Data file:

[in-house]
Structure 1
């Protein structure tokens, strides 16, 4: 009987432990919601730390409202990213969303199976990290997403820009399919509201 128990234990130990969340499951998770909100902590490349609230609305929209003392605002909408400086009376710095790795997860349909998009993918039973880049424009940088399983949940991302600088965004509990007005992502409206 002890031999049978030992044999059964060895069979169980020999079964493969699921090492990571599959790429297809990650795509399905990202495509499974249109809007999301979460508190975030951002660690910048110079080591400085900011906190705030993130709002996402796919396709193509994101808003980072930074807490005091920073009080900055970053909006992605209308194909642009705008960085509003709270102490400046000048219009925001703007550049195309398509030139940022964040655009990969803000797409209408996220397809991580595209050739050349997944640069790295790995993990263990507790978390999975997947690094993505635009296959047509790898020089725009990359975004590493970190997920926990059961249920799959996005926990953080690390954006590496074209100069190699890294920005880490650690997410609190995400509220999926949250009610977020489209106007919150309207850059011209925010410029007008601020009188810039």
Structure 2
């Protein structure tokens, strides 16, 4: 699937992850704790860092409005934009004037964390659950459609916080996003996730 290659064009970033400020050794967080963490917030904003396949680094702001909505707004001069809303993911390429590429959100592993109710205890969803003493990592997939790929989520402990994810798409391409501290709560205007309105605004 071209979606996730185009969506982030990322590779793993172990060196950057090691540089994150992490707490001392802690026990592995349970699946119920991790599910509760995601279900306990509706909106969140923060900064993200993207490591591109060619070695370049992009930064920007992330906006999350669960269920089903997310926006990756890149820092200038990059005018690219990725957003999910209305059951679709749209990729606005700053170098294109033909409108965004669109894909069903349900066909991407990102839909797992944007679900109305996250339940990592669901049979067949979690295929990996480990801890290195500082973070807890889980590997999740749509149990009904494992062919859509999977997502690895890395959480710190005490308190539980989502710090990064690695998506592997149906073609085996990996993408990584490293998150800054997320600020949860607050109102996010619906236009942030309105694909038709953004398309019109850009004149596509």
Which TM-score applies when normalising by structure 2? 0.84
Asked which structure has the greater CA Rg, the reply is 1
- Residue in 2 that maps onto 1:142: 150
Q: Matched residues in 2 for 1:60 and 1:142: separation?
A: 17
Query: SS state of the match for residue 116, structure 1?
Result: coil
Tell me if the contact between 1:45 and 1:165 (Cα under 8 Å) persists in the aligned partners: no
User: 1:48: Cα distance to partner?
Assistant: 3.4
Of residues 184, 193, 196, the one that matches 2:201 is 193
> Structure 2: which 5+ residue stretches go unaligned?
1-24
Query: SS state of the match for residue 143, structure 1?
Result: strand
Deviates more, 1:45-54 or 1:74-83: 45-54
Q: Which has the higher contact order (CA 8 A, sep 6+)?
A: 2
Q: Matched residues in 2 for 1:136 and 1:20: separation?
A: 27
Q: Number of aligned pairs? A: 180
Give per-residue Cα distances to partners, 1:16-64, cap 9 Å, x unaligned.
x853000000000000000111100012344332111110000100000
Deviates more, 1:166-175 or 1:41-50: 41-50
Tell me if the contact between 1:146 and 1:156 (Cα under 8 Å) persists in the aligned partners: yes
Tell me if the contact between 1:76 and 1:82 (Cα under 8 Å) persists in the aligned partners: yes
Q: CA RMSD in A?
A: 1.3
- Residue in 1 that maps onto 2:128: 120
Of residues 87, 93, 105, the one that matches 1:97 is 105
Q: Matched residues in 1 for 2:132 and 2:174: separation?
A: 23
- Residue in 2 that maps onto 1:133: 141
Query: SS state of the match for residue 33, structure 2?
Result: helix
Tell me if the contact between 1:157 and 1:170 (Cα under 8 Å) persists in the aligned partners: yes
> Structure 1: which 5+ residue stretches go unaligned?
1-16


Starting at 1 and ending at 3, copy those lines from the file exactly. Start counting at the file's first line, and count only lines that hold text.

[in-house]
Structure 1
């Protein structure tokens, strides 16, 4: 009987432990919601730390409202990213969303199976990290997403820009399919509201 128990234990130990969340499951998770909100902590490349609230609305929209003392605002909408400086009376710095790795997860349909998009993918039973880049424009940088399983949940991302600088965004509990007005992502409206 002890031999049978030992044999059964060895069979169980020999079964493969699921090492990571599959790429297809990650795509399905990202495509499974249109809007999301979460508190975030951002660690910048110079080591400085900011906190705030993130709002996402796919396709193509994101808003980072930074807490005091920073009080900055970053909006992605209308194909642009705008960085509003709270102490400046000048219009925001703007550049195309398509030139940022964040655009990969803000797409209408996220397809991580595209050739050349997944640069790295790995993990263990507790978390999975997947690094993505635009296959047509790898020089725009990359975004590493970190997920926990059961249920799959996005926990953080690390954006590496074209100069190699890294920005880490650690997410609190995400509220999926949250009610977020489209106007919150309207850059011209925010410029007008601020009188810039």